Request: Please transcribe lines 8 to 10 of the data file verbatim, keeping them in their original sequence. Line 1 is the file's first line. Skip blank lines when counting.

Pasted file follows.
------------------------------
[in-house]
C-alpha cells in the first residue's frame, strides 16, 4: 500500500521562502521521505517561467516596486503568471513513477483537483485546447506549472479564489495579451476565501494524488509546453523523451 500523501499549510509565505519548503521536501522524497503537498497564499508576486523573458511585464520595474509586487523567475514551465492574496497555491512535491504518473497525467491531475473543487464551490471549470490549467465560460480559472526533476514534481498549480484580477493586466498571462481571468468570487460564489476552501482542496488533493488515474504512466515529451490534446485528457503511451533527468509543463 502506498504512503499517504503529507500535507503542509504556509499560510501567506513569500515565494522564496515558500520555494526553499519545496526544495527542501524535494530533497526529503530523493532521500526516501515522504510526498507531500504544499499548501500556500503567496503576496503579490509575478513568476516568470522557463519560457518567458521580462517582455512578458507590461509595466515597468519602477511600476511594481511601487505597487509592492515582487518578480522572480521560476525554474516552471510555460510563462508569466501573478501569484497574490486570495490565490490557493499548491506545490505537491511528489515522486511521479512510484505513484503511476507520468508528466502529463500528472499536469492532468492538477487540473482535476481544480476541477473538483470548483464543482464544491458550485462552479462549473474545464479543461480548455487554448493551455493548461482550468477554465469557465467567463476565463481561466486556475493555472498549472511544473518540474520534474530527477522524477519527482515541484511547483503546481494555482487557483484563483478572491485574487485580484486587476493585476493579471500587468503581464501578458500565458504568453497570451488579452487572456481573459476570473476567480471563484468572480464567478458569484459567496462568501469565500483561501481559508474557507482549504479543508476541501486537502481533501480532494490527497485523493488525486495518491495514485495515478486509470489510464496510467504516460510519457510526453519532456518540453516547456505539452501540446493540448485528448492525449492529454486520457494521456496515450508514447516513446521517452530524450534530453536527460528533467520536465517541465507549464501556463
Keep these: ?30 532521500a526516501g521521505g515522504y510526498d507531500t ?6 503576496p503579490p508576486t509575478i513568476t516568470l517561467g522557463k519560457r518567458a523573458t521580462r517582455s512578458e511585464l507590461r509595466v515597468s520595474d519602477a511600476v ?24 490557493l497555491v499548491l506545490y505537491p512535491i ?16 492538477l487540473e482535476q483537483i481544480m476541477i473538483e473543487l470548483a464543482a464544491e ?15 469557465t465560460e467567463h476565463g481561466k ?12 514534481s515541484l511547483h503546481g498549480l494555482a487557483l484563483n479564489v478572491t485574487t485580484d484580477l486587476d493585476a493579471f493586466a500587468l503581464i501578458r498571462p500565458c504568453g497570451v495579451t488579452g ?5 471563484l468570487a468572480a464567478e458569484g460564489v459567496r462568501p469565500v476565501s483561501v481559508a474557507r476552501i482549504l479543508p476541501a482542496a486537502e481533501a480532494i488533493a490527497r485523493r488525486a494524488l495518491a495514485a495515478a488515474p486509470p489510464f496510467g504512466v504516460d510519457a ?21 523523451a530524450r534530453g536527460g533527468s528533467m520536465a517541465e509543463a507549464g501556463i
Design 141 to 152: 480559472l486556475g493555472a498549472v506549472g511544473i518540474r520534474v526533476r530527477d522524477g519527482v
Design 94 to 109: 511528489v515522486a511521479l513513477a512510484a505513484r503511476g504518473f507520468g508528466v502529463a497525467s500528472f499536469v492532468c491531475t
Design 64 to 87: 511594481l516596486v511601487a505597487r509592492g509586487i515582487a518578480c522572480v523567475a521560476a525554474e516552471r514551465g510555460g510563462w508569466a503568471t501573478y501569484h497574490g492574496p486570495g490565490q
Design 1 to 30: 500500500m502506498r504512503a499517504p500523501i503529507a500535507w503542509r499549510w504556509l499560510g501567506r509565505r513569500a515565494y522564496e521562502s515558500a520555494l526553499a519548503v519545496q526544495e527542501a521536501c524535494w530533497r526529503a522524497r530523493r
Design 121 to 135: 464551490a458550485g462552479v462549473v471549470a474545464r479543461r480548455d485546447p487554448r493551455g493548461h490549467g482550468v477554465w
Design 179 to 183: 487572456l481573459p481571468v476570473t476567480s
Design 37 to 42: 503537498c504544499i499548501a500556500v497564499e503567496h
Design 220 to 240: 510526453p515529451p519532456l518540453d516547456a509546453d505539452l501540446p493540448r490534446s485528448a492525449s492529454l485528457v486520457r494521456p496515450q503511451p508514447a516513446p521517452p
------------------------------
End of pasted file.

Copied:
Design 121 to 135: 464551490a458550485g462552479v462549473v471549470a474545464r479543461r480548455d485546447p487554448r493551455g493548461h490549467g482550468v477554465w
Design 179 to 183: 487572456l481573459p481571468v476570473t476567480s
Design 37 to 42: 503537498c504544499i499548501a500556500v497564499e503567496h